Outcry at Ann Marie Smith carer’s ‘unbelievable’ ban
The former carer accused of killing Ann Marie Smith has been banned from providing NDIS services for five years.
The NDIS Quality and Safeguards Commission issued the banning order to Rosemary Maione last week, sparking outrage among disability advocates who say the punishment is too lenient.
Maione, of Hectorville, is yet to plead to one count of manslaughter that was filed after an extensive Major Crime investigation into the shocking death of Ms Smith, an NDIS participant, in April.
Ms Smith, 54, had cerebral palsy and died after allegedly spending most of the last year of her life in an almost sedentary state, living in putrid conditions in a woven cane chair at Kensington Park.
Her carer, Maione, was an employee of Integrity Care, which the Commission banned from providing NDIS services permanently in August.
Greens disability spokesman Jordon Steele-John said it was "simply unbelievable" that Maione was also not given a permanent ban from working with disabled people.
"Ann Marie Smith's family, and the disability community at large, deserve so much better than a sneaky update to the register just a couple of days before Christmas," he said.
"I have written to the NDIS Quality and Safeguards Commission asking for their justification for only providing Maione with a five-year ban when … Integrity Care SA was handed a permanent ban."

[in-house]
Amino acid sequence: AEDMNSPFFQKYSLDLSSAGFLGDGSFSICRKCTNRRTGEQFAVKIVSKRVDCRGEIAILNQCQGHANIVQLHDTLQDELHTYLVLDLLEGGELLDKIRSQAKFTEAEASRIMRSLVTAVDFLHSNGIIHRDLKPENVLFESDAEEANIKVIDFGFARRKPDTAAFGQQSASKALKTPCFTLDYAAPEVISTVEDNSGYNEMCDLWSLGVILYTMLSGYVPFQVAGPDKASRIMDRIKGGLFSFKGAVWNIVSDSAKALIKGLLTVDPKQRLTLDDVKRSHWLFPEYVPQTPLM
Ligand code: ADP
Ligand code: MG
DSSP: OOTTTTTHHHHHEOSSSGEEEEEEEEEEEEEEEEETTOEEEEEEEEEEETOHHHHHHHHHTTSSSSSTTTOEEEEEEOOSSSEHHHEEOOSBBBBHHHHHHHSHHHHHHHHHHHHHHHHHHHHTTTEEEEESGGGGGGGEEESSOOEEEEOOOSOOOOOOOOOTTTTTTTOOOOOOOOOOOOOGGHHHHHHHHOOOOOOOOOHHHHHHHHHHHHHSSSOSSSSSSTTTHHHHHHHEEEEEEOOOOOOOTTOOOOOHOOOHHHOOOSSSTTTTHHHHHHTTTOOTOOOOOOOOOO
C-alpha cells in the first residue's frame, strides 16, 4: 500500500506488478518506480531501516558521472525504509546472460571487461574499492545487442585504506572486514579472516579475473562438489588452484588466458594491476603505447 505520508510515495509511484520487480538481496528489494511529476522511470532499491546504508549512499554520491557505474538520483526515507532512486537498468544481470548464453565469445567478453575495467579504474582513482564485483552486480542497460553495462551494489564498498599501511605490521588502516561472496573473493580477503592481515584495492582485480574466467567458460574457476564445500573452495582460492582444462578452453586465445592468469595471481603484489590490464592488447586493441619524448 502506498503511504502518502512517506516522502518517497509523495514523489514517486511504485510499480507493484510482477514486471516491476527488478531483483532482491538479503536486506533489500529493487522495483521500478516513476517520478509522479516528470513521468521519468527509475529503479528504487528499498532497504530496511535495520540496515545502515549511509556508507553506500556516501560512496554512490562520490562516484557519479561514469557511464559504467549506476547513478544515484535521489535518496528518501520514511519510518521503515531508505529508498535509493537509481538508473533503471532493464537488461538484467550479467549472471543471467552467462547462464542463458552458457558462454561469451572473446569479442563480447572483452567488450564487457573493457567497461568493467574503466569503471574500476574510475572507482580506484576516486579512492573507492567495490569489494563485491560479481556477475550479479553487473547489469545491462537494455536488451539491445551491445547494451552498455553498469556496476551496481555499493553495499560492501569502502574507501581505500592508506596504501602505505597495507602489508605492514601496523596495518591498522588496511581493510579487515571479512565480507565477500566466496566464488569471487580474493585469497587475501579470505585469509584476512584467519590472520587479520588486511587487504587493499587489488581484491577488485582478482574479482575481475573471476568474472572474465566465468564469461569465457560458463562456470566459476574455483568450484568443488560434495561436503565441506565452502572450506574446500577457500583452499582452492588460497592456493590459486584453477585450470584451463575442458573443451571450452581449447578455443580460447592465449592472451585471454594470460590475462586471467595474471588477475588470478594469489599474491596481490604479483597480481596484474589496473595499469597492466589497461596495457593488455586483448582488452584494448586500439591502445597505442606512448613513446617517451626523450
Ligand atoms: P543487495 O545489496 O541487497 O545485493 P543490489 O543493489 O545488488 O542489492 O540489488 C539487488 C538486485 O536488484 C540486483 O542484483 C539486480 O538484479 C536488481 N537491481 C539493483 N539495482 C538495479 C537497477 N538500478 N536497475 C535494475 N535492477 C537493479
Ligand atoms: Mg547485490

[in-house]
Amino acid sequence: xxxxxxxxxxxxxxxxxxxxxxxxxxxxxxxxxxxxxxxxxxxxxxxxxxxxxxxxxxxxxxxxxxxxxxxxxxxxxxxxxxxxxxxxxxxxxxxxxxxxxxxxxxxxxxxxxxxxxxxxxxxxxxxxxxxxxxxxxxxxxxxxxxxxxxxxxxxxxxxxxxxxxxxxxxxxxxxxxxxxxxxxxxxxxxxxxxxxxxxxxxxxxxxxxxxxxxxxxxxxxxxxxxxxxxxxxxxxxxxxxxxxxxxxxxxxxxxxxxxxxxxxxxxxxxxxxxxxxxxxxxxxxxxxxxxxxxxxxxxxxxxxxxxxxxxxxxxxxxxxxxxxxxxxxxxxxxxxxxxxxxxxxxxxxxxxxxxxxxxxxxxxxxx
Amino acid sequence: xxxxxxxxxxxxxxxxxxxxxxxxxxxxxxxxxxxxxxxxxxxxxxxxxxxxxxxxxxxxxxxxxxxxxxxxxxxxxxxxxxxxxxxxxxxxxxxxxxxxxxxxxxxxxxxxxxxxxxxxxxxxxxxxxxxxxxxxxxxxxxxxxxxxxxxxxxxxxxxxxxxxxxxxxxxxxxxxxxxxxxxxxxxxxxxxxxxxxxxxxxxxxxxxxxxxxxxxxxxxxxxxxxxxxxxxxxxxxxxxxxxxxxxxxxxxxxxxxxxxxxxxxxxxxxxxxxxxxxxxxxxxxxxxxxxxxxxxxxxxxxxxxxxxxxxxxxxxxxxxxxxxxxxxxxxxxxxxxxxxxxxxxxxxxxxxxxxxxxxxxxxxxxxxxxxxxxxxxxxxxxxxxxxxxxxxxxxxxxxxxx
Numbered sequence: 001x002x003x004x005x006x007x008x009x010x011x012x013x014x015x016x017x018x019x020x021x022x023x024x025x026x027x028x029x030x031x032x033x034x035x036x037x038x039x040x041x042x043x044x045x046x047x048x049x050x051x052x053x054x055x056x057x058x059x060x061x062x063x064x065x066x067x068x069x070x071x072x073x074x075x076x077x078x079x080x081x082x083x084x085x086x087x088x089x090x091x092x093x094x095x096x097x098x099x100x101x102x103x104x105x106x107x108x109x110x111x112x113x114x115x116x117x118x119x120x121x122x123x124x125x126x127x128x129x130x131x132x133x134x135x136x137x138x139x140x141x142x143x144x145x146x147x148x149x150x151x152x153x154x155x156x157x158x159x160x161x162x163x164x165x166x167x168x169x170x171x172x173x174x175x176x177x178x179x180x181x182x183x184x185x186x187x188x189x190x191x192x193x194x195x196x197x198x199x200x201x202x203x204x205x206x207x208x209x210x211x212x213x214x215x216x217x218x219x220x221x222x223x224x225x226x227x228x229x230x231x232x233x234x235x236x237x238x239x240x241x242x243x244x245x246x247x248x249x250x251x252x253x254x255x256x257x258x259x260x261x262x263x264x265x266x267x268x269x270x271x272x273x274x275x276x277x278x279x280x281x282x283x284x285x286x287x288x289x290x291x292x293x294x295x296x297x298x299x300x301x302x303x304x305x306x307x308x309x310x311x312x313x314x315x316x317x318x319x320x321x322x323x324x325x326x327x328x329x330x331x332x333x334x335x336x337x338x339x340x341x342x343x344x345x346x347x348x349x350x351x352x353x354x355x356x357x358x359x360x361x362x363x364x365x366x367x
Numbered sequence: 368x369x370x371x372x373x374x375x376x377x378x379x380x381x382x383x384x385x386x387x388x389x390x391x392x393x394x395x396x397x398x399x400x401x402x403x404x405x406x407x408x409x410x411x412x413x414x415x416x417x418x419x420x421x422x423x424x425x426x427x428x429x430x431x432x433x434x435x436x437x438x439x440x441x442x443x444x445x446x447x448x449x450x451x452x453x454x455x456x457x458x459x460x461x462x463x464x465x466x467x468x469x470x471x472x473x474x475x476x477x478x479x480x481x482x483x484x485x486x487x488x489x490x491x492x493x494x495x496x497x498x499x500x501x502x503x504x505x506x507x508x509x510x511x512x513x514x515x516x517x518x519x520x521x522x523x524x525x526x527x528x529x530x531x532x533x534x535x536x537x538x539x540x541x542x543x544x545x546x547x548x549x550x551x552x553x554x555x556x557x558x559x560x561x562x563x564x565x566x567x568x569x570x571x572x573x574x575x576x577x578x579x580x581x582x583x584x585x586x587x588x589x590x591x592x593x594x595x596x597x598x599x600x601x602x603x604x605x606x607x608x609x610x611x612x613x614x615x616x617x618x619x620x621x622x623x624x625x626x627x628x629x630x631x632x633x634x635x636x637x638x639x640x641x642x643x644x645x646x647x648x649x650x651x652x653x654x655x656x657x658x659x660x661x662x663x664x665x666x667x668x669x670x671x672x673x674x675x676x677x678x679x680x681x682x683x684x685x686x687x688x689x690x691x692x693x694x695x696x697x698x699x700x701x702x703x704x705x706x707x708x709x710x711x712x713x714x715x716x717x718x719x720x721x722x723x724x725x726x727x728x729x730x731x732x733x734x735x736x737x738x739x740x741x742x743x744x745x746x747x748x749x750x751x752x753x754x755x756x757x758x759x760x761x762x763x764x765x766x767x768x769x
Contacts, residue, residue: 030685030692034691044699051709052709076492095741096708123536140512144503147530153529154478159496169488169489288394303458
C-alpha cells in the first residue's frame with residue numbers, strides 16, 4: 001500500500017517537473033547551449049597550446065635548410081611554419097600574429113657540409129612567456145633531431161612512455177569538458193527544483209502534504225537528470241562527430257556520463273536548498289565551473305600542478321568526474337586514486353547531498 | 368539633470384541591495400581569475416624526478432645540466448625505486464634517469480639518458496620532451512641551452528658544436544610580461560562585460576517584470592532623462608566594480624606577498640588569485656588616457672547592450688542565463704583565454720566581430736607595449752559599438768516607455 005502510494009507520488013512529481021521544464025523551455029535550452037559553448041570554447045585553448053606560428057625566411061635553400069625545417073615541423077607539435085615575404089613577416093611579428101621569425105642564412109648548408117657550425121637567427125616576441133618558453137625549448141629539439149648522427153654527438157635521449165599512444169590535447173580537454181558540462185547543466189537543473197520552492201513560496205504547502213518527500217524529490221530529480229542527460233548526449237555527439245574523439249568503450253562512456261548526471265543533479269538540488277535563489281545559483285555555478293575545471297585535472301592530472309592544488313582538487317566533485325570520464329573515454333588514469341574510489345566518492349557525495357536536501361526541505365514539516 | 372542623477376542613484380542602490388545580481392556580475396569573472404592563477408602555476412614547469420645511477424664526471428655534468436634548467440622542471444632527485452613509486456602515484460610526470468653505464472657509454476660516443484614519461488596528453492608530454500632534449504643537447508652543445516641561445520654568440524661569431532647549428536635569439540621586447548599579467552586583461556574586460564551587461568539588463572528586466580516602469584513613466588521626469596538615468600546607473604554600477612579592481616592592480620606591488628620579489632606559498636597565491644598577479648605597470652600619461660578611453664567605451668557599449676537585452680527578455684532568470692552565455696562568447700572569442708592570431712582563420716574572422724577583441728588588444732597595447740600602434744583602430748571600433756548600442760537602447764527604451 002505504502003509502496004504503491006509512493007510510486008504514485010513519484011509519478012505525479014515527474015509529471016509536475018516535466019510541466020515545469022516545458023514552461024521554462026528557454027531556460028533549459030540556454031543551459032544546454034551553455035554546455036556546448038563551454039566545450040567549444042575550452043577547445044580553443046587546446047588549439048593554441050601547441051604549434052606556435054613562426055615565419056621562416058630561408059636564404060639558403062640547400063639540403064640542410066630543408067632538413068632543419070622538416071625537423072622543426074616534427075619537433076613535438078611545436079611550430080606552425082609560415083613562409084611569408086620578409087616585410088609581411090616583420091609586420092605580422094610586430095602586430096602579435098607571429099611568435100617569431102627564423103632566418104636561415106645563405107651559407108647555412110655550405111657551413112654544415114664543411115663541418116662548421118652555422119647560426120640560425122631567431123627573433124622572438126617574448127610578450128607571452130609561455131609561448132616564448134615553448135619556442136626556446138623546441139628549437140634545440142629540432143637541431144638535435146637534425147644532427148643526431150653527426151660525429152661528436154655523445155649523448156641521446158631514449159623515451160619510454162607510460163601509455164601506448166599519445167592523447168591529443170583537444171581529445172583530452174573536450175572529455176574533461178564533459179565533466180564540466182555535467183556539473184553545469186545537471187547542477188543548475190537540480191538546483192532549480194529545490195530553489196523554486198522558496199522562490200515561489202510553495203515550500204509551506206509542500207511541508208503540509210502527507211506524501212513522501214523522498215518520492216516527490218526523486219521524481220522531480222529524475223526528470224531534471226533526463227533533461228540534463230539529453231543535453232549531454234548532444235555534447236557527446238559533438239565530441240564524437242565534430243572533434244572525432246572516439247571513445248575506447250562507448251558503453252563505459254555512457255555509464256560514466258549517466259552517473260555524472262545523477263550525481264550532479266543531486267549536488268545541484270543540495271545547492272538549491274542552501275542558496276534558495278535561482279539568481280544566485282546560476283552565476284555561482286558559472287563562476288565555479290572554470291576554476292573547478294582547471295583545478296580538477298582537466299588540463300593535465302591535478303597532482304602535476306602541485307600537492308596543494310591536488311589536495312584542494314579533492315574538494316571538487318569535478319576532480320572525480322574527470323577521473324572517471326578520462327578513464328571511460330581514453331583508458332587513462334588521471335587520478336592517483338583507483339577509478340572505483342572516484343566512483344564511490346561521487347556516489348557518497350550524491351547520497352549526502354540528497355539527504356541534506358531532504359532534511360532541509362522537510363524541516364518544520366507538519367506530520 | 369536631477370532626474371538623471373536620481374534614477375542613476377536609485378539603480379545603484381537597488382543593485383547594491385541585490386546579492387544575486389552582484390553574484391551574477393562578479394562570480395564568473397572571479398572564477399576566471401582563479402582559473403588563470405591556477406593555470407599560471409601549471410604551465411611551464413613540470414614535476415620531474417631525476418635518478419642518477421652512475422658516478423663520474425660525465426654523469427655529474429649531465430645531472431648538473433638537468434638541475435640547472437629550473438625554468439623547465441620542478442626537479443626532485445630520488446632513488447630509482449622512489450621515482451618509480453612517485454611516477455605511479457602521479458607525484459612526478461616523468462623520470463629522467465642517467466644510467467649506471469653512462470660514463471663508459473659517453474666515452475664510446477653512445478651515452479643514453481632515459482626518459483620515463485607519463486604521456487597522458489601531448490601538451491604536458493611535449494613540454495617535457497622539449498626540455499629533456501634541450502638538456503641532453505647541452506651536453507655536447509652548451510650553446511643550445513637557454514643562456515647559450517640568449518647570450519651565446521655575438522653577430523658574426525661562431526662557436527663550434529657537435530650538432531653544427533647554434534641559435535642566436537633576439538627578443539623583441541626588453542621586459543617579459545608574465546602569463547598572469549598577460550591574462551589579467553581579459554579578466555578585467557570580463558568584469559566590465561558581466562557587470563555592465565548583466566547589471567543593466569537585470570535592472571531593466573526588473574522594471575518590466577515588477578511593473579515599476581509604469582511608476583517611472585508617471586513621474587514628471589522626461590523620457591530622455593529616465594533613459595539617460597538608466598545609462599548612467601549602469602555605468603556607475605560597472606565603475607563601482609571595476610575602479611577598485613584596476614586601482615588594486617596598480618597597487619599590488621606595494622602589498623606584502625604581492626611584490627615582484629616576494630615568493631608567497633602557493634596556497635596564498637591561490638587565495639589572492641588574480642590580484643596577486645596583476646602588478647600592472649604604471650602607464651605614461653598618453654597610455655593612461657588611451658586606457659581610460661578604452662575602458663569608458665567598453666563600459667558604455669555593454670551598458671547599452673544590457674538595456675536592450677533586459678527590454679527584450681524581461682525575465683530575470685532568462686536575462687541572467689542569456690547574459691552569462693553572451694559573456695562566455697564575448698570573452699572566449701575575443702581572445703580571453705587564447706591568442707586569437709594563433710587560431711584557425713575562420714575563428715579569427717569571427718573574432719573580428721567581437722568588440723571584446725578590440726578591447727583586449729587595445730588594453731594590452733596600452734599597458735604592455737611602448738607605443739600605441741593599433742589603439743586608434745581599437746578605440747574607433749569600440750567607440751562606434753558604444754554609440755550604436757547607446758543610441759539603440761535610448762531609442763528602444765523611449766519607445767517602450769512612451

A commission spokesman said the banning order prohibits Maione from providing disability supports and services, directly or indirectly, to NDIS-funded participants.
"In making the banning order the NDIS Commission recognised that there are criminal proceedings underway which should be allowed to proceed in a fair and impartial manner," he said.
"The banning order has been made for a period of five years to allow adequate time for an outcome to be reached in those criminal proceedings."
Police raided Maione's home in August and arrested her. Soon after, she was released on strict home detention bail and ordered to be electronically monitored at all times.
Her lawyer, Stephen Ey, said his client agreed to surrender her Italian passport, promised not to seek an Australian passport and would no longer work as a carer.
Originally published as Outcry at Ann Marie carer's 'unbelievable' ban